An Overview of the VMware VDI Infrastructure

A Virtual Desktop Infrastructure (VDI) is a networked environment where physical servers host guest virtual machines (VMs) provisioned as desktops for remote users. A hypervisor like the VMware ESXi allows you to create and run guest VMs on a VDI server. Since virtual desktops run from a central location, a VDI is easier to maintain than individual networked PCs. Thus, a VDI is a viable option for beating the costly maintenance cycles of traditional hardware.

What Is a VDI?

A VDI allows organizations to take advantage of the always-on, run-anywhere nature of virtual computing. With a virtual desktop, users are not tied down to the PCs on their desks. Instead, they can use practically any device to access their virtual desktops from anywhere. Thus, a VDI does away with the constraints of traditional office-based computing. With virtual desktops and their data residing in a central location, you avoid potentially destructive system crashes and minimize data theft potential.

With a hypervisor, VDI administrators can create VMs on server hardware, then install guest operating systems such as Windows, macOS and Linux on those VMs. They then provision the virtual desktops with the applications required by their users. Remote users connect to the VMs, boot them up and then work on their virtual desktops.

Since the operating systems and applications in virtual desktops all reside on the VDI server, there are minimal system requirements for the user devices that connect to the VDI. Regular client PCs, thin clients and other devices such as tablet devices and mobile phones can be used to connect to virtual desktops.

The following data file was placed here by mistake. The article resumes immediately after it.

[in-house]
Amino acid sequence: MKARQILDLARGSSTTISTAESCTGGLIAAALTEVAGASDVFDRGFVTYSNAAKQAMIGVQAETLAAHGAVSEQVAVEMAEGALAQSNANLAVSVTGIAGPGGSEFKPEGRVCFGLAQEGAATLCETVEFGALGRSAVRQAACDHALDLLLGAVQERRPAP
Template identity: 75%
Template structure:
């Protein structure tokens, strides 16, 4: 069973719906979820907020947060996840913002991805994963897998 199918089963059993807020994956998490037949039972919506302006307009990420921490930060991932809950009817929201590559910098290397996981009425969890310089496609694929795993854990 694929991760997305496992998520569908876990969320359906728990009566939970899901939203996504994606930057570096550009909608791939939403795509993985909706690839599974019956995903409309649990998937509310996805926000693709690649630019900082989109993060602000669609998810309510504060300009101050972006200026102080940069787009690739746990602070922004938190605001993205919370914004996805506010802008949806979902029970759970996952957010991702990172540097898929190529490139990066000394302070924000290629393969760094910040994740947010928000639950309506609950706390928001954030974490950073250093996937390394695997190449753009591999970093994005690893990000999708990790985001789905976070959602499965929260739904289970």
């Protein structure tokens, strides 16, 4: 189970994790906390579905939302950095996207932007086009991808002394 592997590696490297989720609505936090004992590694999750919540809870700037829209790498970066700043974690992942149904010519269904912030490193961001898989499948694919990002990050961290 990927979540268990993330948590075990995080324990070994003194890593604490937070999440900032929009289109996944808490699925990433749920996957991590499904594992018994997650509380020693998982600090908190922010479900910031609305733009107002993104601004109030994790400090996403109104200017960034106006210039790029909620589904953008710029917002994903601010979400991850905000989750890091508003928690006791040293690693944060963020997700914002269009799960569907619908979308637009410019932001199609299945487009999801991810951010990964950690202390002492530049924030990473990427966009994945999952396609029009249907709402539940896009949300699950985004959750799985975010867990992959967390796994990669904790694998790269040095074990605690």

VDI server and infrastructure functionality

Hypervisors and VMs play crucial roles in a VDI. When setting up a VDI, pay special attention to the type of hypervisor you plan to use and how your VMs should be organized to meet your specific requirements. You should also implement an interface to facilitate VDI management.

Hypervisors fall into any of two types. Type-1 or bare-metal supervisors, like VMware ESXi and Microsoft Hyper-V, run on top of the server hardware and do not need an underlying operating system to tap into the hardware’s various components, e.g., CPUs and processor cores, memory, networking and storage.

Type-2 or hosted hypervisors, such as Parallels Desktop for Mac and QEMU, run on top of the server operating system, just like any other application. They rely on the server OS to provide them with the resources they need to run.

The ability to access hardware directly means that type-1 hypervisors are faster and more efficient than their type-2 counterparts. The former can marshal all hardware resources at their disposal and apportion them according to need. In the case of the latter, the underlying OS allots resources to the hypervisor instead of the other way around. However, while more powerful, type-1 hypervisors are more complex to implement.